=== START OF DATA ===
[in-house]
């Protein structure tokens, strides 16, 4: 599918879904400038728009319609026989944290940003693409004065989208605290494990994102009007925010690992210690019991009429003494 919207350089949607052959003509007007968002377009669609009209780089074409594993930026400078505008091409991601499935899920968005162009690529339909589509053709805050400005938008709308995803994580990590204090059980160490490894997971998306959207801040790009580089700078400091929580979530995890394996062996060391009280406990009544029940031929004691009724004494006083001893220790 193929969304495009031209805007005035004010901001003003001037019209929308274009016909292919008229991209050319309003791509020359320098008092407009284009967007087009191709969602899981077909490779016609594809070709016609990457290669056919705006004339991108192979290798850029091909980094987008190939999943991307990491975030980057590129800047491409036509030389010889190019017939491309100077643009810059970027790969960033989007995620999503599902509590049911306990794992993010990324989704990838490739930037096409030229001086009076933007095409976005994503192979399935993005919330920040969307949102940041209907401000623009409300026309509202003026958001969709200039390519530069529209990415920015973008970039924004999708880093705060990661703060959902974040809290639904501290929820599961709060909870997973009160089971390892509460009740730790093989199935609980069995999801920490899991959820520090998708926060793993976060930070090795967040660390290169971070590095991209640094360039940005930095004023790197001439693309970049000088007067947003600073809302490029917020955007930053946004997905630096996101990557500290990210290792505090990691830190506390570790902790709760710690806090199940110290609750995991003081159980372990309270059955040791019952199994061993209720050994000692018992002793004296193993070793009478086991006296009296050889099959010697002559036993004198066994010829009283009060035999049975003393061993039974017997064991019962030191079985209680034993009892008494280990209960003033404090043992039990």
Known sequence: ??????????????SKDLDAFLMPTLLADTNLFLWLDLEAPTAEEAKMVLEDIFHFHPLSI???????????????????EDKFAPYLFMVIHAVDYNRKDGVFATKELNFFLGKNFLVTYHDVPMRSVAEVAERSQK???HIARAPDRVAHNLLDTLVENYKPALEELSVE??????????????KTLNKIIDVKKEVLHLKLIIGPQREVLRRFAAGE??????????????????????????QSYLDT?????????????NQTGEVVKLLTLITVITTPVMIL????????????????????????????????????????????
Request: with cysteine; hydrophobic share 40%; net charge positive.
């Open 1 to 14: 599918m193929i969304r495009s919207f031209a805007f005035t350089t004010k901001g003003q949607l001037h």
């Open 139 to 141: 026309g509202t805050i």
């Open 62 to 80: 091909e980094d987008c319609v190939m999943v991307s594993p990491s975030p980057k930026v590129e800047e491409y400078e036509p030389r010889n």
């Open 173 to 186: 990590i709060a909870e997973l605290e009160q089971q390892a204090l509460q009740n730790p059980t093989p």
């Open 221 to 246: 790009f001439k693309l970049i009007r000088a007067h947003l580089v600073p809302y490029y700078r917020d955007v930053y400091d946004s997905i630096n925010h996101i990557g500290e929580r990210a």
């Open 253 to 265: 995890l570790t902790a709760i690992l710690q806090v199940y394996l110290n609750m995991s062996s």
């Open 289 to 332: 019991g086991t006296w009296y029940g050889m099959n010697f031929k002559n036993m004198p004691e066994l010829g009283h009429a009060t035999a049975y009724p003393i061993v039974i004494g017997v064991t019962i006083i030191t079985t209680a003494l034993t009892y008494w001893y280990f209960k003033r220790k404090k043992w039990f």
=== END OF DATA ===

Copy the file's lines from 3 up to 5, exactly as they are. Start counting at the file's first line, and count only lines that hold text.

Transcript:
Known sequence: ??????????????SKDLDAFLMPTLLADTNLFLWLDLEAPTAEEAKMVLEDIFHFHPLSI???????????????????EDKFAPYLFMVIHAVDYNRKDGVFATKELNFFLGKNFLVTYHDVPMRSVAEVAERSQK???HIARAPDRVAHNLLDTLVENYKPALEELSVE??????????????KTLNKIIDVKKEVLHLKLIIGPQREVLRRFAAGE??????????????????????????QSYLDT?????????????NQTGEVVKLLTLITVITTPVMIL????????????????????????????????????????????
Request: with cysteine; hydrophobic share 40%; net charge positive.
């Open 1 to 14: 599918m193929i969304r495009s919207f031209a805007f005035t350089t004010k901001g003003q949607l001037h």